By far, this campaign is a boost to atheism. The coverage is making the religious angry (what doesn't?) but it is also raising awareness to the enlightened. Ideas deserve to be attacked (not people) and religions no longer get the privilege of advertising their nonsense with the backing of a secular society.

Tom said...

HumanistDad, thanks for the comment. You have valid and interesting perspectives on the issue at your blog as well. (I'll repost that Prop 8 Musical video I discovered on your site here, too!)

Does religion need criticism? Do atheist and humanist perspectives need to be made more public? Most definitely.

However, I think the sign was hateful. It could have presented its message in such a way to intrigue people to consider religious alternatives. By saying, "See that scene over there, it's nonsense and people that believe in it are hateful and stupid", while gaining media attention and furor, it cast humanism as pompous and hateful itself, with no room for debate and discussion. While the media attention may have made more people realize that there are a lot more atheists out there, the sign did nothing except play the fear card of religion's irrationality to entice people to want to jump ship from religion. It's got to be more positive than that.

AMW said...

"If there can be a Nativity scene saying that we are all going to hell if we don't bow down to Jesus, we should be at the table to share our views...."

Since the doctrine of Hell is nowhere implied in the stories of the Incarnation, (and many Christians don't actually accept the doctrine of Hell) I'm not sure what Mr. Barker is referring to. Did this particular scene have some supplemental written material or imagery?

If not, it's rather like a theist looking at the "Reason's Greetings" sign and saying in a huff that it is aggressively asserting that there's no such thing as morality. You could get there from the sign's sentiment, and some atheists do. But plenty of atheists (most?) don't, and that's what the sign is actually saying.

Tom said...

The "Reason's Greetings" sign above is NOT the sign that was posted next to the Nativity. The sign that was posted there was simple text -- the text in the first paragraph of my post. The group puts out other signs and billboards such as "Reason's Greetings". Sorry for the confusion.

Nicolas said...

Tom said: "C'mon! When has denigrating religious symbols ever been productive?"
I would reverse the question and ask: "When has being overly respectful of irrational beliefs ever been productive?"
I agree that this sign could have been better phrased in order to elicit discussion rather that emotional rejection, but it should be said that the message is critical of an idea (religion) and not of people. Therefore I think it is morally perfectly fine; We should be able to criticize the idea of God as much as we are able to criticize other ideas (political, philosophical, scientific and so on). By sticking to political correctness when talking about religion, we perpetuate this special status of religious belief and we legitimate the use of this special status as a trump card to end discussion. I think it is extremely important to have the public (especially in the US) exposed to the idea that there is no evidence whatsoever for any supernatural being or phenomenon, and that the main and overwhelming determinants of religious belief are the circumstances of birth. You cannot expect people to spontaneously reject what they’ve been told and taught all their life, nor can you expect them discover by themselves the danger of an idea that is constantly presented as respectable. We need (courteous) debate and ideological confrontation because we cannot afford a society organized around the respect of each individual’s idiosyncratic irrational beliefs.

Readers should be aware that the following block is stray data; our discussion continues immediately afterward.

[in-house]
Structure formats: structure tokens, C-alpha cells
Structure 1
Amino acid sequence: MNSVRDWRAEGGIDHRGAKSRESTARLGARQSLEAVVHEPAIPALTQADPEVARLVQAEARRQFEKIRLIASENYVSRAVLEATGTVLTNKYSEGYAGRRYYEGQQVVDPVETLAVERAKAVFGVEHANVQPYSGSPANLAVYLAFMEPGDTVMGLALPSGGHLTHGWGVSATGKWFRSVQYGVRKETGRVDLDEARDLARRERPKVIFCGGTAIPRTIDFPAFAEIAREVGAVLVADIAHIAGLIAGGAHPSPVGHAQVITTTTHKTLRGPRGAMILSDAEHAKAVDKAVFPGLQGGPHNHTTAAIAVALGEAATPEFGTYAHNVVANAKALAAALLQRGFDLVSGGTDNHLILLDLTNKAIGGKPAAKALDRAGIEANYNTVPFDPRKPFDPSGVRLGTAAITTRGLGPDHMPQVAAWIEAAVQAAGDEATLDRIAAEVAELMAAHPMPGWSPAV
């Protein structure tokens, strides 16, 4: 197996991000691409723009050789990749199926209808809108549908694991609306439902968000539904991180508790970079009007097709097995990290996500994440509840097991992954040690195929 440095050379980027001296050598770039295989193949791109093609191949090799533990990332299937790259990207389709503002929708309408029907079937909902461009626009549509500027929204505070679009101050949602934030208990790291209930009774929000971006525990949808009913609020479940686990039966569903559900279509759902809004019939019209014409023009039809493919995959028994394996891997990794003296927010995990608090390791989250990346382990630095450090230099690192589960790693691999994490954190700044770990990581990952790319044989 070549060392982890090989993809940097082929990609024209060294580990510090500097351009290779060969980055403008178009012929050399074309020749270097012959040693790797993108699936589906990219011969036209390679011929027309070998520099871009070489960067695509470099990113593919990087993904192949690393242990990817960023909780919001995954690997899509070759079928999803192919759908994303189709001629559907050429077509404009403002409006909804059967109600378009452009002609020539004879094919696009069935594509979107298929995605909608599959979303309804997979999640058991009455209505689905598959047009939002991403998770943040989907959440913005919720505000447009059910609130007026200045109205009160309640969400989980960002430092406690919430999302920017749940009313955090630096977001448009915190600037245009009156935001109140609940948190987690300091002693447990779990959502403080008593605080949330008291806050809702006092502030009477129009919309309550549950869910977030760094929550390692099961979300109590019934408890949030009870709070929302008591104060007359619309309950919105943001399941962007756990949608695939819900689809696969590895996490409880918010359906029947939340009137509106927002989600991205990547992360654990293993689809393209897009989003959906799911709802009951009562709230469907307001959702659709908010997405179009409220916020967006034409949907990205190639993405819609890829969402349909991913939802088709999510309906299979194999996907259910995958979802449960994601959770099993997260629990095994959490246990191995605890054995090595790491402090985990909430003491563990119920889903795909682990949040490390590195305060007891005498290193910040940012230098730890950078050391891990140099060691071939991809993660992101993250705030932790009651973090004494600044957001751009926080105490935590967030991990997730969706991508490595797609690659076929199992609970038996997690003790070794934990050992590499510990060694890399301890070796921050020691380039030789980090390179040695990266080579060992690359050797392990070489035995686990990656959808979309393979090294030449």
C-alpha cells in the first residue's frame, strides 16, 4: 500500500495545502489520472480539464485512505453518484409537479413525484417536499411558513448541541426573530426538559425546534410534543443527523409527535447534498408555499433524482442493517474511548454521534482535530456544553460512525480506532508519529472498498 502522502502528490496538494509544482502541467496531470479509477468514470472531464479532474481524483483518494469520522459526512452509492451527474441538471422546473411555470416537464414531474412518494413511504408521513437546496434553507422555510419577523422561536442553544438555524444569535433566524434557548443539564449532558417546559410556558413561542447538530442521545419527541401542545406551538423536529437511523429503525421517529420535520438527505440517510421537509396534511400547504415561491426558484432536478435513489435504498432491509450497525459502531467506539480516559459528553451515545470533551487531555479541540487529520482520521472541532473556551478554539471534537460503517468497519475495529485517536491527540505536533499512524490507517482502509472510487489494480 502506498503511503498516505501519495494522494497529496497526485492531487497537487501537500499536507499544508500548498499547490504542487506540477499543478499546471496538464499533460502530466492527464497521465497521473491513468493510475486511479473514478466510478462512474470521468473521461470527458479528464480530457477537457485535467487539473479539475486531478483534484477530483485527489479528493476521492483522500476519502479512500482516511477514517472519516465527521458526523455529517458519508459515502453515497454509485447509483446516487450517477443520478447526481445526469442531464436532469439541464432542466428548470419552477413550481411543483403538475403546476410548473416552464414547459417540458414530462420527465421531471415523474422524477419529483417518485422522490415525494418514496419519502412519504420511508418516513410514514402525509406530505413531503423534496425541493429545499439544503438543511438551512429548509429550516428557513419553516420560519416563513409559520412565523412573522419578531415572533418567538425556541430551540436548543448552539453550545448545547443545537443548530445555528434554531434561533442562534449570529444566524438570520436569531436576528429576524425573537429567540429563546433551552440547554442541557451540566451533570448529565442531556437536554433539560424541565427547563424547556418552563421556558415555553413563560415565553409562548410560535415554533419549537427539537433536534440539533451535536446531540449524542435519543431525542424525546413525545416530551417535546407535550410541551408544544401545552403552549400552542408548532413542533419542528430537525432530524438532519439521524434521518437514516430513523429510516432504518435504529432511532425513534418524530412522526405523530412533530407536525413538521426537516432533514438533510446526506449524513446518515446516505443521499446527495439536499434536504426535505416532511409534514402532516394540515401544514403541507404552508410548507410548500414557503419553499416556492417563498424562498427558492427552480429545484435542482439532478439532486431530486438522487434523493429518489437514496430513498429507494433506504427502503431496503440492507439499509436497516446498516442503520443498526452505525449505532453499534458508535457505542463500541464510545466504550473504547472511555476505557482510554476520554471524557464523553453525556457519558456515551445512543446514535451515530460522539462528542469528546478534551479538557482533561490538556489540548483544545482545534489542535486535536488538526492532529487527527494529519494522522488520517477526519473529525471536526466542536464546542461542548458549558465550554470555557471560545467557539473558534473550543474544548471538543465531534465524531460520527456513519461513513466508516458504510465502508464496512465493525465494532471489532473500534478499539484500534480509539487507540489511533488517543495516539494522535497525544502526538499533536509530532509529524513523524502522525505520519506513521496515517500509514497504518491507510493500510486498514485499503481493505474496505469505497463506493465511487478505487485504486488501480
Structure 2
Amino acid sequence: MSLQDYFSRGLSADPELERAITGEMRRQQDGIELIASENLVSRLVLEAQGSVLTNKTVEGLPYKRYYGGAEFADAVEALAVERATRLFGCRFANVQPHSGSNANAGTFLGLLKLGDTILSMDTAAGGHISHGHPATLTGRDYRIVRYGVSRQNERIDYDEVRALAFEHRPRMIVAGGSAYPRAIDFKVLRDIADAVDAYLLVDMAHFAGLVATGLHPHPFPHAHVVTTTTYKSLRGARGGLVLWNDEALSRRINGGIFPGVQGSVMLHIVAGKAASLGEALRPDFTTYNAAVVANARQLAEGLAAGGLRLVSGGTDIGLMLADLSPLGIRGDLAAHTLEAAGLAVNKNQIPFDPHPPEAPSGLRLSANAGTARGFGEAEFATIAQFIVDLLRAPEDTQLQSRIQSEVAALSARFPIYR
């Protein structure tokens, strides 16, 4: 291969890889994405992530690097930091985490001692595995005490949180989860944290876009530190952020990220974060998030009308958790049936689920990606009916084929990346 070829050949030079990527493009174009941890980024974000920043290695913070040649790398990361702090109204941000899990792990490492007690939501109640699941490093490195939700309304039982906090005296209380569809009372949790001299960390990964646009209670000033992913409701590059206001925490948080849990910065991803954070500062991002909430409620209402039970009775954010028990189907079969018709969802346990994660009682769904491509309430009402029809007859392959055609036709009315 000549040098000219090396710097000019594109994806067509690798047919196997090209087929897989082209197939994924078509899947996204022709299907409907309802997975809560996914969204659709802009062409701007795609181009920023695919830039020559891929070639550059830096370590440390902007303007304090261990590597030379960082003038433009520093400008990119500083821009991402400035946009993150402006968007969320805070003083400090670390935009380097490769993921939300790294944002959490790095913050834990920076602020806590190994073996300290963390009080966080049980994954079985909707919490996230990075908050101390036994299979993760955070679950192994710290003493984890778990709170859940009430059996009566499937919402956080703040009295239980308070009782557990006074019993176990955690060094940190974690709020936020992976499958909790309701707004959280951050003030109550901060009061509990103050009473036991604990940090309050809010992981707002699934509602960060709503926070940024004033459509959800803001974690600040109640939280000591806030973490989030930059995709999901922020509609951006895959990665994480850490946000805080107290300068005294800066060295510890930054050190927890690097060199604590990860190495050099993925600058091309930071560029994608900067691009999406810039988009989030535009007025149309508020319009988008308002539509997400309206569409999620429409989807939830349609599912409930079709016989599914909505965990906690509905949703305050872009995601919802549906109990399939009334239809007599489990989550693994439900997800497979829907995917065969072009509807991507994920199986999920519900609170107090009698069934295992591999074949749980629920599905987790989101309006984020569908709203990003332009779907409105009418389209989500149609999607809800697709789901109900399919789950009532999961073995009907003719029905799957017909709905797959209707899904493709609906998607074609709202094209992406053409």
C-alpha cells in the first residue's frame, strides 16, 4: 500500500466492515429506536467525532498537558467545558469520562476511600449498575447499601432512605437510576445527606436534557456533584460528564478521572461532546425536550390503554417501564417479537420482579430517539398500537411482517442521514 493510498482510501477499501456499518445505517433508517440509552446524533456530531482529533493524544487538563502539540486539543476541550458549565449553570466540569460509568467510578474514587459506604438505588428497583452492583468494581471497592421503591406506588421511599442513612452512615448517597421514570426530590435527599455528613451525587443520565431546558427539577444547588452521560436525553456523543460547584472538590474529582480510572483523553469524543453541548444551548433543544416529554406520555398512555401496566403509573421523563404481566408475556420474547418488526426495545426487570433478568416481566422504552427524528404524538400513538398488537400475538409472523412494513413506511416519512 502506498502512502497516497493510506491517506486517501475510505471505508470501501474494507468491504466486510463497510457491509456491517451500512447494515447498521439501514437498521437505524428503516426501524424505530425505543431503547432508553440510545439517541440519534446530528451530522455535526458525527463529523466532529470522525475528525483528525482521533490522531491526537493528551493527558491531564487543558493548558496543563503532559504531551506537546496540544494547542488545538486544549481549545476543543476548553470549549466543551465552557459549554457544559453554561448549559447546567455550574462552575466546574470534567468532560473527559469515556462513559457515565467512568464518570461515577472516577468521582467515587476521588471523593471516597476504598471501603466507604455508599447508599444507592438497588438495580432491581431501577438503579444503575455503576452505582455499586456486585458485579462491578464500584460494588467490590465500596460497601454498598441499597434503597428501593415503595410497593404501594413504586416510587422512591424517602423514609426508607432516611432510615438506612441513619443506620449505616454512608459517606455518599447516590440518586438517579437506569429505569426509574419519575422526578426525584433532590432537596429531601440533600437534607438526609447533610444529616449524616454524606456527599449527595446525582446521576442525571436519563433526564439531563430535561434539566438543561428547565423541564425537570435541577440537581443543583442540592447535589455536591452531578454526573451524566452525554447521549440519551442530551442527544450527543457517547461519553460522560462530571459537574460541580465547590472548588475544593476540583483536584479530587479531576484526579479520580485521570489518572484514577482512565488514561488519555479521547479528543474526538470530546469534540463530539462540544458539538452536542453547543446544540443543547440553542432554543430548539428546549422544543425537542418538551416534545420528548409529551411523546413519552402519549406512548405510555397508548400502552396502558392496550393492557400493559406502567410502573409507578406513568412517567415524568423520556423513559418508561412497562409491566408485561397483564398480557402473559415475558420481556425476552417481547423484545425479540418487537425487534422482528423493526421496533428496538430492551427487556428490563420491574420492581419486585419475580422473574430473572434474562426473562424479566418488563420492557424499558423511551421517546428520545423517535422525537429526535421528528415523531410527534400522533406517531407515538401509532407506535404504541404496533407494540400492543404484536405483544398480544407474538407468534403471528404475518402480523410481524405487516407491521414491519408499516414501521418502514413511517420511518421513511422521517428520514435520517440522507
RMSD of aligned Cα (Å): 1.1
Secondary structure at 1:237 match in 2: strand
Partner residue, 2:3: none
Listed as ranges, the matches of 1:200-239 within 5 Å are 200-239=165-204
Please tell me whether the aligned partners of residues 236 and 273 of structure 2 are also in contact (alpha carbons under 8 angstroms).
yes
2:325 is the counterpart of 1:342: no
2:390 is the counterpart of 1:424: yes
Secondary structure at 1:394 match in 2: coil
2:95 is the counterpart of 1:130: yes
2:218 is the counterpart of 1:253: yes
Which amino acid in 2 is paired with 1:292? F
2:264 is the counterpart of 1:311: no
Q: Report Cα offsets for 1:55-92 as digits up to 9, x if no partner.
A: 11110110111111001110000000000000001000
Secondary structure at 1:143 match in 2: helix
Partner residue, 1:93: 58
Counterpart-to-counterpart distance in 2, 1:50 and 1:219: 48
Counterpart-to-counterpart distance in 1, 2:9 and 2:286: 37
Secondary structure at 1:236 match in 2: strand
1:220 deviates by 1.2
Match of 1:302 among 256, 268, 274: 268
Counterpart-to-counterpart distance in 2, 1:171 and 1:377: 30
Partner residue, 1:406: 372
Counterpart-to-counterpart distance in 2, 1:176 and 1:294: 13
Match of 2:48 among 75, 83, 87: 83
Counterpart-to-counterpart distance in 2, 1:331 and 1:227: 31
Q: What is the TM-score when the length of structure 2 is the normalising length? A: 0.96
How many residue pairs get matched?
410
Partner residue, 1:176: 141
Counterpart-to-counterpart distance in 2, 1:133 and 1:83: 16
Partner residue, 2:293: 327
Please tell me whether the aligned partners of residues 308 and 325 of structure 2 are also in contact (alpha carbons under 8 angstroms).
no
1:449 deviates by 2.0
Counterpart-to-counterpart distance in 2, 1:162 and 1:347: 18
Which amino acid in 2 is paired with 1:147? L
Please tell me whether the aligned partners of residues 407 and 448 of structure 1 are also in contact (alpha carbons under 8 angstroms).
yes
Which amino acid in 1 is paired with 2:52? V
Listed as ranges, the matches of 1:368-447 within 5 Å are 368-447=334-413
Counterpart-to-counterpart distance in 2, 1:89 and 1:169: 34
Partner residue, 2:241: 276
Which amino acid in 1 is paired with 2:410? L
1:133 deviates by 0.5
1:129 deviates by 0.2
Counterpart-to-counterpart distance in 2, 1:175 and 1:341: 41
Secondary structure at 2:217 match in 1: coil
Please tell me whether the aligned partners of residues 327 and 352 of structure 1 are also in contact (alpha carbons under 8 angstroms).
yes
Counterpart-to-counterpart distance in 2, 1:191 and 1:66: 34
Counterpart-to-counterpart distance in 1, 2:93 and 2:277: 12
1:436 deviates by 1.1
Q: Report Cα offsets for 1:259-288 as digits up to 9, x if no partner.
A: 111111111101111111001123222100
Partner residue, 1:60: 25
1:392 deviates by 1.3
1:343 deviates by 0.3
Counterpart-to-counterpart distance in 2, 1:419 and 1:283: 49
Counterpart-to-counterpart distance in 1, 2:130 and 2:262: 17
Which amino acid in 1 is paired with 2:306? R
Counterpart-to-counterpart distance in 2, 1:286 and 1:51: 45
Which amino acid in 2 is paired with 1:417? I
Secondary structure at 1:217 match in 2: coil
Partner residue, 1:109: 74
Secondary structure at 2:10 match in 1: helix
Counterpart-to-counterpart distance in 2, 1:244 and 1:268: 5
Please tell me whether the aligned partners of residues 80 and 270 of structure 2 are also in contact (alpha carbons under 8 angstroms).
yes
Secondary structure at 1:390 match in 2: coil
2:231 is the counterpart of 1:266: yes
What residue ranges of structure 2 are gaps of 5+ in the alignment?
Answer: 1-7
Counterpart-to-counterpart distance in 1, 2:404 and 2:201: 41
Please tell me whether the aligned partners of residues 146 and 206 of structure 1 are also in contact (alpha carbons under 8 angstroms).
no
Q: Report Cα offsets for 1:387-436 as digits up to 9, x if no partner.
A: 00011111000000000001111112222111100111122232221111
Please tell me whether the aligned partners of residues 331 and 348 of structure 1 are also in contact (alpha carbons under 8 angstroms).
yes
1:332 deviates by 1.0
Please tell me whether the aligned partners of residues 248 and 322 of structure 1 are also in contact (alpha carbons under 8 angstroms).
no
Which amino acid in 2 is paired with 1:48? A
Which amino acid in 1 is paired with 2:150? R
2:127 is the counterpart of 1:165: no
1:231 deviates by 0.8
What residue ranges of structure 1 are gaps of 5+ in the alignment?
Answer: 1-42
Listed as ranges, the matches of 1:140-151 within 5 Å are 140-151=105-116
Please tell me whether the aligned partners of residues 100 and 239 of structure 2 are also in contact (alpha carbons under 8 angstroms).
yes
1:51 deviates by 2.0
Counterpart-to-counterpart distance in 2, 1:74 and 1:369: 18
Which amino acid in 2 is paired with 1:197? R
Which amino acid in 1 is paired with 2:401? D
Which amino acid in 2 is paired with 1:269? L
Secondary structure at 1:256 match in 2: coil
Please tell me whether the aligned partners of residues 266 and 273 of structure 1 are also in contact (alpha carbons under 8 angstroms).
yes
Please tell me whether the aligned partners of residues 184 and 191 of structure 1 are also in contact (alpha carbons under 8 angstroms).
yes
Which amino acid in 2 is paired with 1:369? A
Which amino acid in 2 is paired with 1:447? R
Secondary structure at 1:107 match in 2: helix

Tom said...

Nicolas,

Regarding the reversal, that's an interesting perspective. Generally speaking, I fall into Dennett's way of thinking that the overall sum of religion has been detrimental, and we'll go more negative the longer it is around. That being said, ridding the world of it through mockery is not the way to go about it, even if it is an effective device.

I think you are onto something when you say "overly respectful".

What is under discussion here is tolerance. If atheists allow for a Nativity, are they being tolerant to a fault, passively letting the Christians get their way? I don't think so if atheists also get a voice in the same public arena, and that was the attempt here by the governor.

So here is a situation where both sides are given a chance to tolerate each other, and the atheists took the stance that if we can't take Christ out of Christmas, then we'll mock you. The atheists feel like they are not being tolerated by Christians (simply because a Nativity exists) and the Christians do not feel like they are being tolerated by the atheists (because their sign says so).